In the span of a few days this week, Scott Walker emphasized that he opposes abortions, with no exceptions in cases of rape or incest or to save the woman’s life. Marco Rubio shot down a suggestion that he advocated exceptions for rape or incest.

On immigration, Rubio said he backed a fence to keep illegal immigrants out of the country, echoing front-runner Donald Trump’s call for a new border wall. And on same-sex marriage, Rick Santorum compared the legalization of such unions to the infamous Supreme Court ruling that African Americans could not be U.S. citizens.

Some of the statements reflected shifts in priorities or positions over the long term; Rubio, for example, has abandoned Senate legislation he helped craft that would give illegal immigrants a path to citizenship. Others reflected candidates’ decisions to emphasize conservative positions more than they had before.

Either way, in the most wide-open Republican presidential field in memory, most of the contenders continued a rush to the right this week in the hope of capturing the attention of the GOP base. The strategy is clearly aimed at primary contests in states such as Iowa and South Carolina, which are dominated by large blocs of evangelicals and other conservative voters.

But it could also cause the eventual nominee problems in a general election with a more moderate electorate. On social issues ranging from abortion to same-sex marriage, much of the Republican field has now taken positions that are at odds with mainstream American opinion. For example, 3 out of 4 Americans say a woman should be able to obtain a legal abortion if she becomes pregnant as a result of rape.

We've heard the top ten GOP candidates talk. Here's what happens now.

Moderate Republicans said Friday they are concerned about the potential for Democrats to revive their “war on women” line of attack from 2012, when they successfully portrayed presidential nominee Mitt Romney and other Republicans as out of touch with or even hostile to the concerns of women.

Hillary Rodham Clinton and other Democrats have moved swiftly to capi­tal­ize on some of the remarks this week, particularly those made at Thursday night’s widely watched Republican debate in Cleveland.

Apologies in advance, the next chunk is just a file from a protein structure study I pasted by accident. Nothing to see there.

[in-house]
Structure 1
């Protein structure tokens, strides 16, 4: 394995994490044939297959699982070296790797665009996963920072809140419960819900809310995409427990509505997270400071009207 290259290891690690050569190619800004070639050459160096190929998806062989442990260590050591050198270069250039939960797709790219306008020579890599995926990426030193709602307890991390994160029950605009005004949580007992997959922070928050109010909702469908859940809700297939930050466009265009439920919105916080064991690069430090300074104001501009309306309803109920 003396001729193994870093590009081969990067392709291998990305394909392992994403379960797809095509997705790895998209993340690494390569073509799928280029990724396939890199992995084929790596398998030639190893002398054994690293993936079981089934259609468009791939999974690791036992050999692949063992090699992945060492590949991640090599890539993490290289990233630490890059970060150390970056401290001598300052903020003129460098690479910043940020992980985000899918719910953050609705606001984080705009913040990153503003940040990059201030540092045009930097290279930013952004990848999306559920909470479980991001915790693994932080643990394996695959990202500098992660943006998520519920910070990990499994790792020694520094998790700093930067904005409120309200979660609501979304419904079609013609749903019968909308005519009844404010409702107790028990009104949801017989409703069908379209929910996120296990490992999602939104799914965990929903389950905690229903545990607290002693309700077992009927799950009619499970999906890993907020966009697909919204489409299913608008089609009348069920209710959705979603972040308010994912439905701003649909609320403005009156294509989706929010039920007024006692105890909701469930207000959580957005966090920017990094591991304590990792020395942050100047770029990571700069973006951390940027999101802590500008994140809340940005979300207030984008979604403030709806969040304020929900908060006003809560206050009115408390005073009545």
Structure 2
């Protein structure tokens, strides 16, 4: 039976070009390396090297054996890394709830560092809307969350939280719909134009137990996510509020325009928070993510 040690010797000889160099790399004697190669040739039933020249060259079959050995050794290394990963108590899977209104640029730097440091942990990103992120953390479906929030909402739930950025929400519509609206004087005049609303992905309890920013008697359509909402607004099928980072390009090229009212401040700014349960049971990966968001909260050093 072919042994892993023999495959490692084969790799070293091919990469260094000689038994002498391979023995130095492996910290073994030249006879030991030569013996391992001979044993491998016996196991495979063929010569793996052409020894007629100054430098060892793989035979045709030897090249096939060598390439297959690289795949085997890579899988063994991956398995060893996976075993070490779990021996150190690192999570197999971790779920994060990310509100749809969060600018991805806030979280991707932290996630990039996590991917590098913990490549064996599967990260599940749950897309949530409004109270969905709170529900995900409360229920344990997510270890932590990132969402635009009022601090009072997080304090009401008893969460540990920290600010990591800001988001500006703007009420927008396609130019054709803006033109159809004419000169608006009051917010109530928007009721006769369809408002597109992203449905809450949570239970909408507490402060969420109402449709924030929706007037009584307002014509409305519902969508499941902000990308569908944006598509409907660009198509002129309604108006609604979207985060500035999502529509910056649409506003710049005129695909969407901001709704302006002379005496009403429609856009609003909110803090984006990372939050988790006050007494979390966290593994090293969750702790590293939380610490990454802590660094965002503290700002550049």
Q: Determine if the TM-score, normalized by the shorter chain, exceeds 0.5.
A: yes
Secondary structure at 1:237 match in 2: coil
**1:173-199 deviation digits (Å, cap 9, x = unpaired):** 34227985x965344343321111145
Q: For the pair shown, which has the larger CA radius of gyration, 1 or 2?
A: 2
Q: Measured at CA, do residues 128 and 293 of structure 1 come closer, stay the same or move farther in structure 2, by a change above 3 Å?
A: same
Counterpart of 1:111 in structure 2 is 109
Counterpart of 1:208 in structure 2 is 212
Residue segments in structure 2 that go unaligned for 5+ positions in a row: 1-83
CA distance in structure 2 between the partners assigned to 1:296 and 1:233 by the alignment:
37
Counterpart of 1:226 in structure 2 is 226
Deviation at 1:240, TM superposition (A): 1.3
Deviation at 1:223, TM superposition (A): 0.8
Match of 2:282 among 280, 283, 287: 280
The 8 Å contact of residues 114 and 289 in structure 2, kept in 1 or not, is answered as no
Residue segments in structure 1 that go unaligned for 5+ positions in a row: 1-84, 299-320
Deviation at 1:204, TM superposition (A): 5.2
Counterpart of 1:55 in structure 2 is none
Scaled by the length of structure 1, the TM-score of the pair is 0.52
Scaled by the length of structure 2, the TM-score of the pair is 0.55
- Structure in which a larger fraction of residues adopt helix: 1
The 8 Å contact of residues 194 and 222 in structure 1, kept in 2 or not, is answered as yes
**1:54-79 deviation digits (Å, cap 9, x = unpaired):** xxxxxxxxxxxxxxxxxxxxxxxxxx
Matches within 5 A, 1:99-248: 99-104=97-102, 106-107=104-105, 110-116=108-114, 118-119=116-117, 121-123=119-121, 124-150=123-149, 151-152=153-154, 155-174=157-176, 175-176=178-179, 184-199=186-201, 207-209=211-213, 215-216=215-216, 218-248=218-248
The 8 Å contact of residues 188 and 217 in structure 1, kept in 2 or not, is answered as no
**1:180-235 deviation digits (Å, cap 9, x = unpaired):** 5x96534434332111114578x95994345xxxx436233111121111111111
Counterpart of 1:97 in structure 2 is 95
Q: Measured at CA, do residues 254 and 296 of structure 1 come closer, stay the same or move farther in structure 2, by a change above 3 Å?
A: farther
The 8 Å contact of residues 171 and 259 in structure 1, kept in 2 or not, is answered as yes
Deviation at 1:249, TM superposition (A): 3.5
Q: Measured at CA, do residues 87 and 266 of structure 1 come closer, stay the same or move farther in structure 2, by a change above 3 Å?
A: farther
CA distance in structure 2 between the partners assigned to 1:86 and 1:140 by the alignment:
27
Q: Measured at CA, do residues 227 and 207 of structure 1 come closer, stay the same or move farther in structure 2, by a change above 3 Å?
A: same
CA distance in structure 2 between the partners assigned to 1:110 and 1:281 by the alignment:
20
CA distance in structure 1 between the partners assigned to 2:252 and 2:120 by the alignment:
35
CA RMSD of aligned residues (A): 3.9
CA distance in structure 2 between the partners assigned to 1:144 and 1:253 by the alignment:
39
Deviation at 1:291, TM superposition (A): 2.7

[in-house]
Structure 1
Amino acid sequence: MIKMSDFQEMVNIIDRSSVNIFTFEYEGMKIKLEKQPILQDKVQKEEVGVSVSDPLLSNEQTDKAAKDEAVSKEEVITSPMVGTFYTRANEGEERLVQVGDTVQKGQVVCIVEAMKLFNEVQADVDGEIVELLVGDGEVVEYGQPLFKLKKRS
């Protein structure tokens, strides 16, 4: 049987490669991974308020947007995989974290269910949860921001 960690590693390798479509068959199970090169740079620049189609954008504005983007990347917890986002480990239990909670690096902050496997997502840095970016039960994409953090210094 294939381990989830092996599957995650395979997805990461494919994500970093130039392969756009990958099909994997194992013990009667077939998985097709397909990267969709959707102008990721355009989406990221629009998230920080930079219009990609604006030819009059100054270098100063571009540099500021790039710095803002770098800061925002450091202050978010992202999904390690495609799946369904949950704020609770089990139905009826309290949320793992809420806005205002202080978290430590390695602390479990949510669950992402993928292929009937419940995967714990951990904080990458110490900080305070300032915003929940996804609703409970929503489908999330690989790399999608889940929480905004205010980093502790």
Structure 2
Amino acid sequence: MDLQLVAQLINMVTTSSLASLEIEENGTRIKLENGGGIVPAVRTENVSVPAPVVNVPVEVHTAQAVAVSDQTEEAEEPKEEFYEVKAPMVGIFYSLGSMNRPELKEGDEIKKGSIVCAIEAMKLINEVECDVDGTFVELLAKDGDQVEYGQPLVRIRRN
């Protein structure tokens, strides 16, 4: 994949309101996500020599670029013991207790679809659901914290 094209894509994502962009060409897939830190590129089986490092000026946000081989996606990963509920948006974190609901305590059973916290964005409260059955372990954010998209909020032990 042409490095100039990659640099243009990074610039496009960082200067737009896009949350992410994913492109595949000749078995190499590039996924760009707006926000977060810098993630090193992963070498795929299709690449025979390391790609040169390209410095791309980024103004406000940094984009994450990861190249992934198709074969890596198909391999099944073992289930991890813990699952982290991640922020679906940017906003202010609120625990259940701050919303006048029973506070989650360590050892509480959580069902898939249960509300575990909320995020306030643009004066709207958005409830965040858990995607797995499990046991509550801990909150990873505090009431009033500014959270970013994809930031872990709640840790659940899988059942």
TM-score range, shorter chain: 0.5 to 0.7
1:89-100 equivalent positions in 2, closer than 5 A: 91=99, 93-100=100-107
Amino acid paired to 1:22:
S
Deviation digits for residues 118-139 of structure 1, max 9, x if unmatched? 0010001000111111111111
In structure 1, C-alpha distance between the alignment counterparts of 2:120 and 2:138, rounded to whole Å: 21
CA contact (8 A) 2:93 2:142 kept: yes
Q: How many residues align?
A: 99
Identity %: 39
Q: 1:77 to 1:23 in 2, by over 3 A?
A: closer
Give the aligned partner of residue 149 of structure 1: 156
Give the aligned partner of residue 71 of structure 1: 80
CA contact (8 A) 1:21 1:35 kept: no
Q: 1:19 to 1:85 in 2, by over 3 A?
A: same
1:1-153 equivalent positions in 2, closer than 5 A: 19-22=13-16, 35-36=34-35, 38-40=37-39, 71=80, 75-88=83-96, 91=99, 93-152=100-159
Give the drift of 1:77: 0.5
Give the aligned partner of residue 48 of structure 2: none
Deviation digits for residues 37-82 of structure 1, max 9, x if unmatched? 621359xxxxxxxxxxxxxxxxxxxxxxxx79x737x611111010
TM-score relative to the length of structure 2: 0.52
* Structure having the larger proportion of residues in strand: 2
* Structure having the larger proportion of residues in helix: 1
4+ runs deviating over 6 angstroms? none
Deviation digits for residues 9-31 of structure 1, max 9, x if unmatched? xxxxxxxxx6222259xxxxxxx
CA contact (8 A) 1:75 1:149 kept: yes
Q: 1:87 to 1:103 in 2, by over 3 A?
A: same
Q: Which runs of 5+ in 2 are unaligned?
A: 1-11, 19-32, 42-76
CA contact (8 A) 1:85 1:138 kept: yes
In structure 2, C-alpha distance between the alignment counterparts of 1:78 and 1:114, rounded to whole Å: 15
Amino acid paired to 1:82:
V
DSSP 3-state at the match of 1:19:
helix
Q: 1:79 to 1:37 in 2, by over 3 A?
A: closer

“I think there is a lot of work to do, and obviously it is a harder challenge when you have a [Democratic] woman candidate and potentially the idea of the first-ever woman president,” said Katie Packer Gage, a former deputy campaign manager for Romney.

Democratic National Committee Chairman Debbie Wasserman Schultz on Friday compared the crop of Republican hopefuls to Todd Akin, whose 2012 Senate bid was derailed when he said “legitimate rape” rarely causes pregnancy.

“Every Republican running for president still agrees with him about denying a woman’s right to make her own health-care decisions,” Wasserman Schultz said.

Clinton, the Democratic front-runner, attacked Republicans in a fundraising e-mail: “Ten men stood on stage and ignored 51% of the American population.”

Women made up 53 percent of the electorate in the previous two presidential elections, according to exit-poll data. President Obama won 55 percent of their vote in 2012 and 56 percent in 2008. Democrats hope Clinton could boost those numbers in 2016 if she becomes the nominee.

The Republican conundrum was on full display in Thursday’s debate. The contenders were determined not to be outflanked by their competitors in the eyes of socially conservative voters, who play a major role in the early primary states.

Walker, Wisconsin’s governor, was asked by Fox News Channel’s Megyn Kelly whether his staunch opposition to abortion without exceptions puts him out of the mainstream.

“I believe that that is an unborn child that’s in need of protection out there, and I’ve said many a time that that unborn child can be protected, and there are many other alternatives that can also protect the life of that mother,” Walker said. “That’s been consistently proven.”

Later, Rubio, a 44-year-old senator from Florida pitching himself as the GOP’s best chance to defeat Clinton, said he has never backed allowing abortion in cases of rape or incest. “What I have advocated is that we pass a law in this country that says all human life at every stage of its development is worthy of protection,” he said.